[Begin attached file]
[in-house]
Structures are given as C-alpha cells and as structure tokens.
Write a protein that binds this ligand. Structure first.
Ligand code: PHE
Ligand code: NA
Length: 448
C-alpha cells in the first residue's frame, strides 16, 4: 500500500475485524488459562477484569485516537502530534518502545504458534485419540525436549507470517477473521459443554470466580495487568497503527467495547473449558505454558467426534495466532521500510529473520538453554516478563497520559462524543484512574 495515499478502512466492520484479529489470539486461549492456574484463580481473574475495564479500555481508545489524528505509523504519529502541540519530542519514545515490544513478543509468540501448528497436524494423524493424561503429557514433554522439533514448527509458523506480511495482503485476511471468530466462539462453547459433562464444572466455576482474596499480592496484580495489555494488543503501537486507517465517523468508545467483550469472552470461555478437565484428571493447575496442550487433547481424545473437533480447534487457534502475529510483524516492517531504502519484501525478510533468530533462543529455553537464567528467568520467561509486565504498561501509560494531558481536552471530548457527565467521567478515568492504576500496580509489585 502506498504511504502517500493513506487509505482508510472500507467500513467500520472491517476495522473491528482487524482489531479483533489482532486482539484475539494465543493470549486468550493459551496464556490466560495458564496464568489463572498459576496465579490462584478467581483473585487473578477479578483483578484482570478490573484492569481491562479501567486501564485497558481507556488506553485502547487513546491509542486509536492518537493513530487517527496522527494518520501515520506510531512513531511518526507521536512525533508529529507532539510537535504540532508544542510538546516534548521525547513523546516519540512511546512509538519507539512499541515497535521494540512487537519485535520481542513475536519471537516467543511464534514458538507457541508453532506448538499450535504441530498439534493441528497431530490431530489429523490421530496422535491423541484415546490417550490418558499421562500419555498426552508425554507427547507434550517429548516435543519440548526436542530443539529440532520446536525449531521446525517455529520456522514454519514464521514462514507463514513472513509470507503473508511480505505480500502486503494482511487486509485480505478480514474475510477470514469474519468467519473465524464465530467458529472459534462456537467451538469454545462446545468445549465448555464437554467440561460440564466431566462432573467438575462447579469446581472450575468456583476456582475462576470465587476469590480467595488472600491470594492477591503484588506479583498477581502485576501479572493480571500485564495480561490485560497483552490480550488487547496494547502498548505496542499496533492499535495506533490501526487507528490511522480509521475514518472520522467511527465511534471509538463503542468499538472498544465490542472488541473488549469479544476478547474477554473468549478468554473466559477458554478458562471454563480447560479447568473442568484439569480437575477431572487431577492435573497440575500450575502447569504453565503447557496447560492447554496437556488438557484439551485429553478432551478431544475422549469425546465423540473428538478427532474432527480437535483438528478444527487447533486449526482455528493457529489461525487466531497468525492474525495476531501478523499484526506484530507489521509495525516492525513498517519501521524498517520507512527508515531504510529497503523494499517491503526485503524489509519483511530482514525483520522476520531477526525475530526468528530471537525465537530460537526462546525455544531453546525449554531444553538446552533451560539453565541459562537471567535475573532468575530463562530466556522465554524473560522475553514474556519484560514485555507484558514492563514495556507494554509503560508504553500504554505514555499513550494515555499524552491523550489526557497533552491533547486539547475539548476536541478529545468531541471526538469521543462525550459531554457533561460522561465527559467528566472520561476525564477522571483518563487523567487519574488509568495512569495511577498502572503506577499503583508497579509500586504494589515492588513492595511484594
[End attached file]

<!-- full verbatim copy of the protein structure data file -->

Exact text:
[in-house]
Structures are given as C-alpha cells and as structure tokens.
Write a protein that binds this ligand. Structure first.
Ligand code: PHE
Ligand code: NA
Length: 448
C-alpha cells in the first residue's frame, strides 16, 4: 500500500475485524488459562477484569485516537502530534518502545504458534485419540525436549507470517477473521459443554470466580495487568497503527467495547473449558505454558467426534495466532521500510529473520538453554516478563497520559462524543484512574 495515499478502512466492520484479529489470539486461549492456574484463580481473574475495564479500555481508545489524528505509523504519529502541540519530542519514545515490544513478543509468540501448528497436524494423524493424561503429557514433554522439533514448527509458523506480511495482503485476511471468530466462539462453547459433562464444572466455576482474596499480592496484580495489555494488543503501537486507517465517523468508545467483550469472552470461555478437565484428571493447575496442550487433547481424545473437533480447534487457534502475529510483524516492517531504502519484501525478510533468530533462543529455553537464567528467568520467561509486565504498561501509560494531558481536552471530548457527565467521567478515568492504576500496580509489585 502506498504511504502517500493513506487509505482508510472500507467500513467500520472491517476495522473491528482487524482489531479483533489482532486482539484475539494465543493470549486468550493459551496464556490466560495458564496464568489463572498459576496465579490462584478467581483473585487473578477479578483483578484482570478490573484492569481491562479501567486501564485497558481507556488506553485502547487513546491509542486509536492518537493513530487517527496522527494518520501515520506510531512513531511518526507521536512525533508529529507532539510537535504540532508544542510538546516534548521525547513523546516519540512511546512509538519507539512499541515497535521494540512487537519485535520481542513475536519471537516467543511464534514458538507457541508453532506448538499450535504441530498439534493441528497431530490431530489429523490421530496422535491423541484415546490417550490418558499421562500419555498426552508425554507427547507434550517429548516435543519440548526436542530443539529440532520446536525449531521446525517455529520456522514454519514464521514462514507463514513472513509470507503473508511480505505480500502486503494482511487486509485480505478480514474475510477470514469474519468467519473465524464465530467458529472459534462456537467451538469454545462446545468445549465448555464437554467440561460440564466431566462432573467438575462447579469446581472450575468456583476456582475462576470465587476469590480467595488472600491470594492477591503484588506479583498477581502485576501479572493480571500485564495480561490485560497483552490480550488487547496494547502498548505496542499496533492499535495506533490501526487507528490511522480509521475514518472520522467511527465511534471509538463503542468499538472498544465490542472488541473488549469479544476478547474477554473468549478468554473466559477458554478458562471454563480447560479447568473442568484439569480437575477431572487431577492435573497440575500450575502447569504453565503447557496447560492447554496437556488438557484439551485429553478432551478431544475422549469425546465423540473428538478427532474432527480437535483438528478444527487447533486449526482455528493457529489461525487466531497468525492474525495476531501478523499484526506484530507489521509495525516492525513498517519501521524498517520507512527508515531504510529497503523494499517491503526485503524489509519483511530482514525483520522476520531477526525475530526468528530471537525465537530460537526462546525455544531453546525449554531444553538446552533451560539453565541459562537471567535475573532468575530463562530466556522465554524473560522475553514474556519484560514485555507484558514492563514495556507494554509503560508504553500504554505514555499513550494515555499524552491523550489526557497533552491533547486539547475539548476536541478529545468531541471526538469521543462525550459531554457533561460522561465527559467528566472520561476525564477522571483518563487523567487519574488509568495512569495511577498502572503506577499503583508497579509500586504494589515492588513492595511484594